Foc.us is a new headset technology that claims to over-clock one’s brain by using transcranial Direct Current Stimulation (tDCS). Still debatable about its affectivness, and let us be honest, the overall safety of tDCS, Foc.us promises to give gamers an edge into dominance. I was lucky enough to receive the Foc.us headset to try.
Now, let me get to the real question. Is it safe? Maybe, there has been strong debate about the effectiveness and safety of tDCS. I have done some crazy things to my body, but when it comes to the brain, I am very protective. A body can be fixed, and at times even replaced, but damage to a brain is never fully fixed. So, one could say I had some worries of going Victor Frankenstein on my mind. The headset offers an adjustable electrical range from .1 mA (milliamps) to 2 mA DC. In comparison, it’s said that 100 – 200 mA is the threshold for the human body before it goes into fibrillation. The Foc.us charge is low enough where it shouldn’t cause any immediate damage. The key word in the last sentence is “immediate.” Much like the prolonged use of 3D, the jury is still out on how a long-term use of a technology like this would affect a human body. Foc.us does a nice job safe guarding against any extensive use.
Users can control the headset through an iOS and soon to be released Andriod app. The app allows users to adjust the mA from .5 to 2 mA, for a time no longer than 40 minutes. The App also offers six different setting to help produce the results one is looking for. These settings, with a little research about them, are supposed to produce different results.
My experience with Foc.us was mixed. Setting up the headset is not intuitive. The booklet was some help but still leaves you holding the device in wonder. After a helpful YouTube video, I finally had the headset setup and synced to my iOS device.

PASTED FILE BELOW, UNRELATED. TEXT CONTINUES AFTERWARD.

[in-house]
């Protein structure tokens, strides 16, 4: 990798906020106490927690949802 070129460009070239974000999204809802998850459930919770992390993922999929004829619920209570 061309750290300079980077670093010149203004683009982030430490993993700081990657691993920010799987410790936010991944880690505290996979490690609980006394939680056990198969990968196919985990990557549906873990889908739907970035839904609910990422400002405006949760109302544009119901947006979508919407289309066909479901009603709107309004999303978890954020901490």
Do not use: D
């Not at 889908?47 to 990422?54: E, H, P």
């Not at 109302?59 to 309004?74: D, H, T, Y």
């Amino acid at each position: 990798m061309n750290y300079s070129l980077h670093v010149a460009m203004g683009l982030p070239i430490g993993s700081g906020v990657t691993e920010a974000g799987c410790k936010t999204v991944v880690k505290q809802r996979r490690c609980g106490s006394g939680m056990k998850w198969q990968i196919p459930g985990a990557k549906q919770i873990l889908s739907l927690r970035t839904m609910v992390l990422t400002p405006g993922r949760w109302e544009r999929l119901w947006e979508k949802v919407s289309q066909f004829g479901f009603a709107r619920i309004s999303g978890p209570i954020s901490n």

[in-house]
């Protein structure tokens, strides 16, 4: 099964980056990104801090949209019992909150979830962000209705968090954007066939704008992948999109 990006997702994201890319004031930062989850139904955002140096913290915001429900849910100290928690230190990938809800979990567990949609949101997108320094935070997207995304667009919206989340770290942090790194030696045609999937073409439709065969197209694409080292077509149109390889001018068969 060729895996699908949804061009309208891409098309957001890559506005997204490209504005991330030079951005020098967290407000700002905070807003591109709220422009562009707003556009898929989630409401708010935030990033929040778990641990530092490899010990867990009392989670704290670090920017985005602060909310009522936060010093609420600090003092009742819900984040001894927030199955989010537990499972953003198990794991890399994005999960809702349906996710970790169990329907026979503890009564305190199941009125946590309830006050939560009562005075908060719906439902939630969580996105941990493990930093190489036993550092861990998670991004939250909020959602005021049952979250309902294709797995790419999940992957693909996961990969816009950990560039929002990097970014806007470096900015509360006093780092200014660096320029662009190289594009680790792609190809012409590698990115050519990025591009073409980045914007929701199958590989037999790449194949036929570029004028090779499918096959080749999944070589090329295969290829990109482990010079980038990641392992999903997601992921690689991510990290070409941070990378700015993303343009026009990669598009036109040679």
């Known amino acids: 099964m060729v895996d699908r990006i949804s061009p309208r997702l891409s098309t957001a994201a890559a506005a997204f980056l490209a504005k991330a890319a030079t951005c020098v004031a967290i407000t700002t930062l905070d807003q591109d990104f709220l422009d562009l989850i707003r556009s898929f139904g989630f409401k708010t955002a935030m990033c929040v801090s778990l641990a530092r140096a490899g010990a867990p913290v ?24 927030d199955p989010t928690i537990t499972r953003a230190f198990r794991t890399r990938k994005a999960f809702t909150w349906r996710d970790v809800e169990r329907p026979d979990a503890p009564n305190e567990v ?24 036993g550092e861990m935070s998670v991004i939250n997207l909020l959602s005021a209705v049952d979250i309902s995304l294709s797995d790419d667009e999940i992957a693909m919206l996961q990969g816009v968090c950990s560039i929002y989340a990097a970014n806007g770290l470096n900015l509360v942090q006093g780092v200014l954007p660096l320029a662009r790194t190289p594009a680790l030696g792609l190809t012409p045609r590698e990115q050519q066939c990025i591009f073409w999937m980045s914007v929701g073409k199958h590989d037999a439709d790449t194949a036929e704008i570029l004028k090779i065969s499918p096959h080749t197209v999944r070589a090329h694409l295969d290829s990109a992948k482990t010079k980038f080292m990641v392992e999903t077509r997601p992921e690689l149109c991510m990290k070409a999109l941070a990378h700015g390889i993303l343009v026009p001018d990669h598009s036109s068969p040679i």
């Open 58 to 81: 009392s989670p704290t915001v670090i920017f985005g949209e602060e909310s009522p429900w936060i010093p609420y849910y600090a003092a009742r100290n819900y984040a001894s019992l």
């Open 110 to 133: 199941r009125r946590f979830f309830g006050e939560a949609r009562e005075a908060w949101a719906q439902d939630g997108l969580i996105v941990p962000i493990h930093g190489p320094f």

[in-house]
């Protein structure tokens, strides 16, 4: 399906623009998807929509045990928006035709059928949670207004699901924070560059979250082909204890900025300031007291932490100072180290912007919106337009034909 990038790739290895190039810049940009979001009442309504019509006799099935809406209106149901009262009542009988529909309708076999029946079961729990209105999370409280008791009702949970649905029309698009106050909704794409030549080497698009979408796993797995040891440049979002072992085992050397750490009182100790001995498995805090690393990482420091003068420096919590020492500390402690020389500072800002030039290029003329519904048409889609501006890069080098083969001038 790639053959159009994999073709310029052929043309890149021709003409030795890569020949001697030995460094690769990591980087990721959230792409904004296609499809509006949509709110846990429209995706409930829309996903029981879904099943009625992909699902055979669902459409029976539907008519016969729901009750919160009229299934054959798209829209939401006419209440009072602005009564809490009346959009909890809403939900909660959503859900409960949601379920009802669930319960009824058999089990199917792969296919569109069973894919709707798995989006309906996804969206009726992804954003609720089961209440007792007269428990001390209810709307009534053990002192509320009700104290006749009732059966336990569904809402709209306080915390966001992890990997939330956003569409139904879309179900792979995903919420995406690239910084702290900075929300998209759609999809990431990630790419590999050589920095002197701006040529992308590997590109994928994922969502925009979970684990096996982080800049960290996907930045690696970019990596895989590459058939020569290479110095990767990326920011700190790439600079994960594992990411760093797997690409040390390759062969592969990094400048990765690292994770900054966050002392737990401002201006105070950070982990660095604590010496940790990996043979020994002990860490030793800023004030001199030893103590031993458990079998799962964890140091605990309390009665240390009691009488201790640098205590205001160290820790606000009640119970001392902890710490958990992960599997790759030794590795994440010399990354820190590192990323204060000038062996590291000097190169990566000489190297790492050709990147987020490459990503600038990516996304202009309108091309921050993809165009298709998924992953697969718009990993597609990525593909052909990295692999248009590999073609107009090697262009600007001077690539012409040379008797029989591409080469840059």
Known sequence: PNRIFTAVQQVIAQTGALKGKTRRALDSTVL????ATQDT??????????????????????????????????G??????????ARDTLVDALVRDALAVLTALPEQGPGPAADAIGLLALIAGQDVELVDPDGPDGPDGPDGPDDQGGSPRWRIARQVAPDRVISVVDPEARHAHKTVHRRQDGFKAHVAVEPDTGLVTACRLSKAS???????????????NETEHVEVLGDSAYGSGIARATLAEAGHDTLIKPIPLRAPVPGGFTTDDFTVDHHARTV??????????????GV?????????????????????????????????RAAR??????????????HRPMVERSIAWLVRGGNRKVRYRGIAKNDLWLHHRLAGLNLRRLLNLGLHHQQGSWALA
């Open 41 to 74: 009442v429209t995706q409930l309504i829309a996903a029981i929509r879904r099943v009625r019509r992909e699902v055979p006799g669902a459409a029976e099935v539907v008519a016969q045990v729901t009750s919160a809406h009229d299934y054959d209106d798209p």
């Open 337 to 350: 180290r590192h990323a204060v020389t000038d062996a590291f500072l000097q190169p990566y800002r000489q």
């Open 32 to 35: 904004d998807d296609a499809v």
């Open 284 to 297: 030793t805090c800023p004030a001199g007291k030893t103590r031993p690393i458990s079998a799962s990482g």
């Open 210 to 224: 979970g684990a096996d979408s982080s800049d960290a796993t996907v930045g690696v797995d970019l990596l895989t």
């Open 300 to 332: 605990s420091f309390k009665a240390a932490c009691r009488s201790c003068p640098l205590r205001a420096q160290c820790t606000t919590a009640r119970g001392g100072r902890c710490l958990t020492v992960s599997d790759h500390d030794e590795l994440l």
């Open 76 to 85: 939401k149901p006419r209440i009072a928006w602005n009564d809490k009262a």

I played around with the headset for about a week and it is really hard to figure out how well it works. Was my brain really performing better or was it a placebo? The idea of Foc.us isn’t to use it all the time. The effects of one session should be enough to last a couple of hours. But was my brain working overtime?
My very first experience brought up the most interesting results. I decided to let the headset run on the default, a constant flow of 1 mA for 10 mins, to see how I felt playing Sonic Lost World. I have to admit, after getting over the slight burning feeling, (no real burning) I had a pretty productive play session. Actually, one of my best with the game. I was bouncing around, reacting perfectly, and flowing through levels…then I died. Upon looking down at my iPhone, I realized that my 10-min time was over. Again, I am not saying this is 100% proof that the device worked. It’s just an interesting experience. For the next couple hours my brain did have a weird sensation like it was “jump started.” Once again, it is extremely hard to decipher if my brain really was working efficiently, but after a long 14-hour day, I did feel decently well and decided to do some house cleaning.
I am not a doctor; I can’t tell you if this technology really works. All I can say, I am alive, and my experience was full of hope for this product. The tDCS technology isn’t new but something we should keep an eye on as it finds its way into gaming.